Westmoreland County is applying for a $1 million state grant to tear down the Monsour Medical Center tower along Route 30 in Jeannette —- hopefully by this summer.
Frustrated by attempts to get the Monsour family to demolish the eyesore, which closed as a hospital in 2006, the county is going through a court process to obtain the property and seeking state aid to demolish it.
Jason Rigone, executive director of the Westmoreland County Industrial Development Corp., said the county will apply to the state Redevelopment Assistance Capital Program for the grant. The deadline for applying for the semi-annual grants is Feb. 7.
Mr. Rigone knows the state program is competitive, but he thinks the state will rank this project high because it is a redevelopment project.
“This project may not have the job creation that the Westmoreland County Airpark project did, for which we received a grant last year,” he said. “However, this is a redevelopment project, with an environmental impact, and it’s in a blighted area, and it will improve the safety and welfare of the residents.
“This state redevelopment program traditionally is for true economic development and redevelopment, so this program is a good fit for this,” he said. "I’m confident it will be viewed as a good fit."
“The Monsour property is in a prime commercial corridor,” said Commissioner Tyler Courtney, “so I view this as an economic development project. It’s the gateway to Westmoreland County government and the city of Greensburg. This has been one of our top economic development projects."
In December, the governor’s office authorized $133 million for 56 projects in the state through the redevelopment assistance grants, but many more applicants applied from the state’s 67 counties.
Last year, the Westmoreland County Museum of Art obtained a $1 million grant under the program that will go toward its current expansion project in Greensburg.
The county received a $1 million grant to develop 50 additional acres at the business airpark adjacent to the Arnold Palmer Regional Airport in Unity from the state program last year.
It is a 50-50 matching state grant program, so the county will have to chip in money, as well.
The Redevelopment Assistance Capital Program’s website cites criteria for the grants that include job creation and financial impact of the project. And the program rewards projects situated in a blighted or brownfield area and those that improve the economic health of the community, enhance the quality of life and have a significant regional impact.
Mr. Courtney called the nine-story hospital tower a public nuisance. The health and safety hazards include asbestos, mold, open stairwells and medical waste, he said.
Mr. Courtney said it was “very irritating” that the Monsour family walked away from the property.
“It was disrespectful to people, and amoral, to shun your responsibility as a property owner,” he said.
"It’s a bad reflection on that family, and I don’t understand how they could do it.”
Mr. Rigone said a senior adviser to the secretary of the Department of Community and Economic Development toured the site this summer and understands the importance of it to the county.
The governor’s budget office scores the projects and then a selection committee chooses the projects. Representatives of the Department of Revenue, Department of Banking, Department of Community and Economic Development, Governor's Policy Office and Office of Legislative Affairs are on the selection committee.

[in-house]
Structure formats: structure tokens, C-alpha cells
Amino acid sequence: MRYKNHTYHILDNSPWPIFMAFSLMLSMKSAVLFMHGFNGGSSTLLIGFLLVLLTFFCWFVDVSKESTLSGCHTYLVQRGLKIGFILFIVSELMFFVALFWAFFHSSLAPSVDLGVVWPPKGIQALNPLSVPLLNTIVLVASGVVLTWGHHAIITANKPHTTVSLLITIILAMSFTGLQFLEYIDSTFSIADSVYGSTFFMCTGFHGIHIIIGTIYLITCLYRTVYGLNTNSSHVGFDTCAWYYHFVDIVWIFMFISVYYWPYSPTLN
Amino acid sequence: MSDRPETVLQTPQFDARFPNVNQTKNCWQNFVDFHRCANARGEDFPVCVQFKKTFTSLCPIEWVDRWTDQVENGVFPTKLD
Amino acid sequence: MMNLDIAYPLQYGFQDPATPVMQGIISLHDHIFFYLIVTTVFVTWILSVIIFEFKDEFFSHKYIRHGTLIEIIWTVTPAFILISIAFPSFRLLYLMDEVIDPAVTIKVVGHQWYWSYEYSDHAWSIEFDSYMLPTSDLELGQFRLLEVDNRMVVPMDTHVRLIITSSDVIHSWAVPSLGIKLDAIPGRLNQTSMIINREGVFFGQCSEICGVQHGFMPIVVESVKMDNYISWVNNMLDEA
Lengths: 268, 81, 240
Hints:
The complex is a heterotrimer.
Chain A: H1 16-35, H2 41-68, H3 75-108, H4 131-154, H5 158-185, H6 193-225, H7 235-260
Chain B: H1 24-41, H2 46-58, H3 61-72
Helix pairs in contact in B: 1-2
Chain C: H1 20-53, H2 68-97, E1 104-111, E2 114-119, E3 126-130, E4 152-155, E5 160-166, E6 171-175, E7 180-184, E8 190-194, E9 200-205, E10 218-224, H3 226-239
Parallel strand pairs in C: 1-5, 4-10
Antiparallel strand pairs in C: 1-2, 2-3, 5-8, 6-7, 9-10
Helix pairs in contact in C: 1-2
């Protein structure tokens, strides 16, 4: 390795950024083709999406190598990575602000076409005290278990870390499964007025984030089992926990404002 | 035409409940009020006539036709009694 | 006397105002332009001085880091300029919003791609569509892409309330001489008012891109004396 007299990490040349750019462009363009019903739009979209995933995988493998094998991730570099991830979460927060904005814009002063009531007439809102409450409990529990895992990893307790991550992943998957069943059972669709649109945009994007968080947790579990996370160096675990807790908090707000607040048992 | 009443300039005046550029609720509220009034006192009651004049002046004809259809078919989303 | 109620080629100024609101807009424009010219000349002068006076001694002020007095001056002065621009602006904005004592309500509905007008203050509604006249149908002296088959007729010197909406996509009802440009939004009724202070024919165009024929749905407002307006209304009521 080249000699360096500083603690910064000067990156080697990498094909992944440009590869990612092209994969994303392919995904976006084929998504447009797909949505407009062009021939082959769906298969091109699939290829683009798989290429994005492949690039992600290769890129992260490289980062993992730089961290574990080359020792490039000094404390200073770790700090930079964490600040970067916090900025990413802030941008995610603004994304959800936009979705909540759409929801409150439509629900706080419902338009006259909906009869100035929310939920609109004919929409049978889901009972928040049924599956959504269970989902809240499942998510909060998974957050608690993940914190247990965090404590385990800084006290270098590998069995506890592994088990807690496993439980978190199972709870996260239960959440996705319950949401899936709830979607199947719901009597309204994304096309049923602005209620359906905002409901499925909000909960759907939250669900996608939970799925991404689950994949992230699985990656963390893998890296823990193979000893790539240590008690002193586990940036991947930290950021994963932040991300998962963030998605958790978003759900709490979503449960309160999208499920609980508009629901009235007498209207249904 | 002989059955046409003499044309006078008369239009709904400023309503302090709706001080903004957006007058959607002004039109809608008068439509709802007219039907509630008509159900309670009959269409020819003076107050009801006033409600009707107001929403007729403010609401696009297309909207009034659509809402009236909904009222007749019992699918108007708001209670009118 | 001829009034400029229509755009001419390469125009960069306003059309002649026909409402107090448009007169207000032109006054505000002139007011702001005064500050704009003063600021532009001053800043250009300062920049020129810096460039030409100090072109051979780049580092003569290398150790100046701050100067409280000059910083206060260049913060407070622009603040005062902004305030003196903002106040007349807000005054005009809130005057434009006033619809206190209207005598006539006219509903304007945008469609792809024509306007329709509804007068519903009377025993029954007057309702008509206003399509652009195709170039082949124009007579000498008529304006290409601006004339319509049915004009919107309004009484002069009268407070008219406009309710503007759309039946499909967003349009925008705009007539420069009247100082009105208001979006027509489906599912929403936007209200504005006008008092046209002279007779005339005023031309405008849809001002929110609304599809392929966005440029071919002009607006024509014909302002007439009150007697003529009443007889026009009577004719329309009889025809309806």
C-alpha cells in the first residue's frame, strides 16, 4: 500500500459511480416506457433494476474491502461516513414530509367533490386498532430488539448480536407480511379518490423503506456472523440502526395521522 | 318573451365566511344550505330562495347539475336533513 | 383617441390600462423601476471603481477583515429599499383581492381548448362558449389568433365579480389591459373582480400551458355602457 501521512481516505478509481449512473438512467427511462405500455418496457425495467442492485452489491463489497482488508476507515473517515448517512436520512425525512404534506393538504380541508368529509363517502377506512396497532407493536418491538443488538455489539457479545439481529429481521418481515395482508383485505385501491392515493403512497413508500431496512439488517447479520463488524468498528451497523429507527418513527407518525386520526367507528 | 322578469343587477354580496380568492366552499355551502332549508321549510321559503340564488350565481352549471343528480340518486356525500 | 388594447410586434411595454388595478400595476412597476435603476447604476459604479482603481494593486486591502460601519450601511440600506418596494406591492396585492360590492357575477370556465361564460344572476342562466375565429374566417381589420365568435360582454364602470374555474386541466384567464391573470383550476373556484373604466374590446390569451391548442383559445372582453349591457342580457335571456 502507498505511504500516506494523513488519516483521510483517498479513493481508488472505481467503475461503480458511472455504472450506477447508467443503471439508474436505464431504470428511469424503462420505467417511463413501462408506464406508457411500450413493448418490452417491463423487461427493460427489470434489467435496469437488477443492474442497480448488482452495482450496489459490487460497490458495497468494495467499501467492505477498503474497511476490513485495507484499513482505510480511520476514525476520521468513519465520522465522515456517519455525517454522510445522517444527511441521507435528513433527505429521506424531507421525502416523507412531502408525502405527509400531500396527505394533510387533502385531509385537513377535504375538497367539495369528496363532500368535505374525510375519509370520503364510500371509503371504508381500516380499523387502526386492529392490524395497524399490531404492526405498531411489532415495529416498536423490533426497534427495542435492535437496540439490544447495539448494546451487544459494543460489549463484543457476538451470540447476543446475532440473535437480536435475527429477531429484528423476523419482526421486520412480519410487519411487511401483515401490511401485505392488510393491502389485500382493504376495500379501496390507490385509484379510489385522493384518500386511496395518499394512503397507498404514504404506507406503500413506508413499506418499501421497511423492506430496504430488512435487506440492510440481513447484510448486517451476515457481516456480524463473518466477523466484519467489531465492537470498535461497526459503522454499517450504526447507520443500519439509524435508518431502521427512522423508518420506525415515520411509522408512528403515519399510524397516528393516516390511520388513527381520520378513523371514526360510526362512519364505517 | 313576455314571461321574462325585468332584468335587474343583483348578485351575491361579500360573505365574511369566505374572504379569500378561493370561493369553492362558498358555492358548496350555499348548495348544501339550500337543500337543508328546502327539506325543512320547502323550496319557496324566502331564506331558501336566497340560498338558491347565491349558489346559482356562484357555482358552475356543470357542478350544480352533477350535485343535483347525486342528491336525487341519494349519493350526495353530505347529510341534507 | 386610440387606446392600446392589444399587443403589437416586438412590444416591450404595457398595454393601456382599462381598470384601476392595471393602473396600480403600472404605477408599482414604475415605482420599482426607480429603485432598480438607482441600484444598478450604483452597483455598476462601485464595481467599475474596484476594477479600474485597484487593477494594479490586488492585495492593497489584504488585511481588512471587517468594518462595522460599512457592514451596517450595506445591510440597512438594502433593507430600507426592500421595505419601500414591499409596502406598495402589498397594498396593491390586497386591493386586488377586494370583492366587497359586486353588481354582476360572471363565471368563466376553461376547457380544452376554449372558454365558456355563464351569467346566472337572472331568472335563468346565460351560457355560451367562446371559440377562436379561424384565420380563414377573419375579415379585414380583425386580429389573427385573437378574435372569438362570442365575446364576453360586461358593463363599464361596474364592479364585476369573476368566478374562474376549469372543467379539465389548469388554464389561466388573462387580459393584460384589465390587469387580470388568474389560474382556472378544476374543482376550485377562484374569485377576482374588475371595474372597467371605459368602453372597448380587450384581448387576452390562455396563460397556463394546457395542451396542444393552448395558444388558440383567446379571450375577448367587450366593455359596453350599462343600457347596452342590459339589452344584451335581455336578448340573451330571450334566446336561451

Mr. Rigone said the county hopes to hear on its application for the state grant within a few months, but if not, he said the county is committed to moving ahead on the demolition project.
He said it is usually a 4- to 6-month review process for the grants.
But he said if the state hasn’t approved the grant by late in the second quarter of 2014, the county will begin the demolition project and seek state reimbursement. A county report last year determined it would take $1 million to remove the asbestos and tear the structure down.
Meanwhile, the county is moving ahead to legally obtain the Monsour property. It will seek to gain ownership of the property through a “free and clear” sale held by a county judge. The county is in the process of notifying lien holders of their intent, but Mr. Rigone said that process often takes months to locate and notify numerous lien holders and property owners.
For years, the county and Jeannette have attempted to hold the Monsour Medical Center board of directors and the Monsour Foundation responsible for the deteriorating building, but with no success. The hospital declared bankruptcy before closing.
Mr. Rigone said the county and Jeannette signed an agreement of cooperation in December to work together to secure and begin demolition at the site.
He said Jeannette will make sure the hospital is secure from trespassers, either by boarding it up or constructing a fence, and the city will tear down two dilapidated houses near the old hospital.
The city has obtained private funding, from the Neighborhood Partnership Program, to help cover the costs of the demolition. Mr. Rigone said The Elliott Co., one of Jeannette’s largest employers, and First Niagara Bank are two of the private partners.
“We’ve been working on this project for a long time, but next week people will begin to see some tangible results when these houses come down,” he said.
Debra Duncan, freelance writer: email@example.com.